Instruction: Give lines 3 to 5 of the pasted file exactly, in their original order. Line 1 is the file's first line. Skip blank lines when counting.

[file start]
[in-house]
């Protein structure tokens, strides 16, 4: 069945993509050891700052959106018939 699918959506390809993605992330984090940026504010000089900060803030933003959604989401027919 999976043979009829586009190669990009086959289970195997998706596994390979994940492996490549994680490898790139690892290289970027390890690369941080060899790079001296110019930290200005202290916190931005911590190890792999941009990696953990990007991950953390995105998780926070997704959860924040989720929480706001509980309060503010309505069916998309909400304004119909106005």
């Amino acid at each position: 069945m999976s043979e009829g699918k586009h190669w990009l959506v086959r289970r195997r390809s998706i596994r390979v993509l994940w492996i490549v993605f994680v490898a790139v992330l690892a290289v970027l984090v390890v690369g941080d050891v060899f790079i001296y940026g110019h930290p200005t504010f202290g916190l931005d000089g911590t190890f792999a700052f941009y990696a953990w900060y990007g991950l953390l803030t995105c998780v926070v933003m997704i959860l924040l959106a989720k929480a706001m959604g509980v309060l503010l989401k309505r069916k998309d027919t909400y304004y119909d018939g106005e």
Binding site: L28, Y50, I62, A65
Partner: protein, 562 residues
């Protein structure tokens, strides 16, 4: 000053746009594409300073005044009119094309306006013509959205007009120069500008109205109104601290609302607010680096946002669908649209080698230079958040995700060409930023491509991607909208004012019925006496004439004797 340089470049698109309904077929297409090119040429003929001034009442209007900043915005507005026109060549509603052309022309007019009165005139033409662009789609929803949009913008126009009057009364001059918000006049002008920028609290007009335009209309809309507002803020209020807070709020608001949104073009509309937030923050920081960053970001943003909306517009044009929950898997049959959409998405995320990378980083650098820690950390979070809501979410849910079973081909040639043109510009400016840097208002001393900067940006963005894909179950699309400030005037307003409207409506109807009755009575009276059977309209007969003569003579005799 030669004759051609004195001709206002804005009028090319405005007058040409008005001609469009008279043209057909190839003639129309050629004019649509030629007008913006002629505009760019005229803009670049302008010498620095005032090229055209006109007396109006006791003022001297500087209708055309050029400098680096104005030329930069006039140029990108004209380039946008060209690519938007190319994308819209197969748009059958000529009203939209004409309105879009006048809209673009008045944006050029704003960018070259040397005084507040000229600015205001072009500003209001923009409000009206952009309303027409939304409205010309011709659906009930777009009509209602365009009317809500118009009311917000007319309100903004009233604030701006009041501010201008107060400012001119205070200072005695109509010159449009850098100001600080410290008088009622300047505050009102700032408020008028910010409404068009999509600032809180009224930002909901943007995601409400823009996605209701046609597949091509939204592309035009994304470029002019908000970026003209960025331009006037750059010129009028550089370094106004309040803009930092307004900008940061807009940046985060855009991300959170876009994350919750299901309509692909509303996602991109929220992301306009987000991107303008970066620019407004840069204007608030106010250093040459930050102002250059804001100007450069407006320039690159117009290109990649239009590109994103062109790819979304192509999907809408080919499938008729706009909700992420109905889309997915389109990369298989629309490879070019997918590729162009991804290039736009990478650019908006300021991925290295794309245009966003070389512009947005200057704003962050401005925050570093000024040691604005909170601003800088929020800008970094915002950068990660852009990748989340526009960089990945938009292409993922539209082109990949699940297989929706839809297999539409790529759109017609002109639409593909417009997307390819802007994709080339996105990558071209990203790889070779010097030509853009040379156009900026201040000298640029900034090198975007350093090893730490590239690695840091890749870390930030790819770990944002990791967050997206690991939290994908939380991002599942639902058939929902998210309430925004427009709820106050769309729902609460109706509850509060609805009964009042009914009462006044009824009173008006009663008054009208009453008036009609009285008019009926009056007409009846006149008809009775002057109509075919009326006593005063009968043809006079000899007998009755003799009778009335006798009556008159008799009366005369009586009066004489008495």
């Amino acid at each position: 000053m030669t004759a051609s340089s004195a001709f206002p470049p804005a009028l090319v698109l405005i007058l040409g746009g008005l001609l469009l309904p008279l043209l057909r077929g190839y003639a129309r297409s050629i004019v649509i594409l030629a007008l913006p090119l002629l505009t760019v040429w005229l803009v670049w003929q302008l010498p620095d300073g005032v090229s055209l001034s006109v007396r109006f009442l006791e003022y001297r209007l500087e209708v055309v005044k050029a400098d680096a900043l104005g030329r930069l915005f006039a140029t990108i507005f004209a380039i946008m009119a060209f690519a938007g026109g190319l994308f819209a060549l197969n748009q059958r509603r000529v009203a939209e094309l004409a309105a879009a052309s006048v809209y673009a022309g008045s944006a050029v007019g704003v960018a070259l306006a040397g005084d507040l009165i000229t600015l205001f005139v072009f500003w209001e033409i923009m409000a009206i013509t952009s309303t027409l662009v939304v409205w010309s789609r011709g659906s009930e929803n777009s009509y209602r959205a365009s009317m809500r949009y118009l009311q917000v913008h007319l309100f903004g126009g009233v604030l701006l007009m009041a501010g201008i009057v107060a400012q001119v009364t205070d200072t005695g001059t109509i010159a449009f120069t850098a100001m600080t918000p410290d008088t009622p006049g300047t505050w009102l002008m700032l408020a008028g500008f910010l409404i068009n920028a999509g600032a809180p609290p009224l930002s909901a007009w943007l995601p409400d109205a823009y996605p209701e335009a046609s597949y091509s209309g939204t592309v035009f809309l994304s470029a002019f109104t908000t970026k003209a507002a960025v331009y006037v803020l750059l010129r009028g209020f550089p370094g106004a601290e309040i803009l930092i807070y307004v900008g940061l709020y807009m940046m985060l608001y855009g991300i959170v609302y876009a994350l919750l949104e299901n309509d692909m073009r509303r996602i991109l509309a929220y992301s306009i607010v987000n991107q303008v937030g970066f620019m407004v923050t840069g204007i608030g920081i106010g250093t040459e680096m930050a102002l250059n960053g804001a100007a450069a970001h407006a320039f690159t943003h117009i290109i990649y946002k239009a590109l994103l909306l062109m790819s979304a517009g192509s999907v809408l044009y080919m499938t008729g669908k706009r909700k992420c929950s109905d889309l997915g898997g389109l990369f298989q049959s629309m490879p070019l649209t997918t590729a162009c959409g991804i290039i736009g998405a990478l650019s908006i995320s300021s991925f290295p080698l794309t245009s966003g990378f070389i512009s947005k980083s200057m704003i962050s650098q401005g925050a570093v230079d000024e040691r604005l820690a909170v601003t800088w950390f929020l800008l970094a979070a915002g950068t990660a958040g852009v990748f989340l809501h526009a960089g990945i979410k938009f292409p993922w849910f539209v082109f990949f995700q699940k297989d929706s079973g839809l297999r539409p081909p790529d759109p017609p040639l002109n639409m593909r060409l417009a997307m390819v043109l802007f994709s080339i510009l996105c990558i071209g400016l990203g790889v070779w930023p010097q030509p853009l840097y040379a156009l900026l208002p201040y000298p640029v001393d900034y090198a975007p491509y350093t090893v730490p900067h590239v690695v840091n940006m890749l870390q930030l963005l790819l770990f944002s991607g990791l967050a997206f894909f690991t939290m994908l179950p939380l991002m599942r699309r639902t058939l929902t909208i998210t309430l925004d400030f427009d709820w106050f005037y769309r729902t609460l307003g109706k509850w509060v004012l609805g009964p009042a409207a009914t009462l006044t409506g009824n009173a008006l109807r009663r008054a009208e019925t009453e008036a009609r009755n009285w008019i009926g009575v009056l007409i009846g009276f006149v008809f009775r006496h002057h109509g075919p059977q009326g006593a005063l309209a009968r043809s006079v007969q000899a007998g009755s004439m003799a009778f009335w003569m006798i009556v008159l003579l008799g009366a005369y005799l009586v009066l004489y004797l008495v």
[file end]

């Amino acid at each position: 069945m999976s043979e009829g699918k586009h190669w990009l959506v086959r289970r195997r390809s998706i596994r390979v993509l994940w492996i490549v993605f994680v490898a790139v992330l690892a290289v970027l984090v390890v690369g941080d050891v060899f790079i001296y940026g110019h930290p200005t504010f202290g916190l931005d000089g911590t190890f792999a700052f941009y990696a953990w900060y990007g991950l953390l803030t995105c998780v926070v933003m997704i959860l924040l959106a989720k929480a706001m959604g509980v309060l503010l989401k309505r069916k998309d027919t909400y304004y119909d018939g106005e």
Binding site: L28, Y50, I62, A65
Partner: protein, 562 residues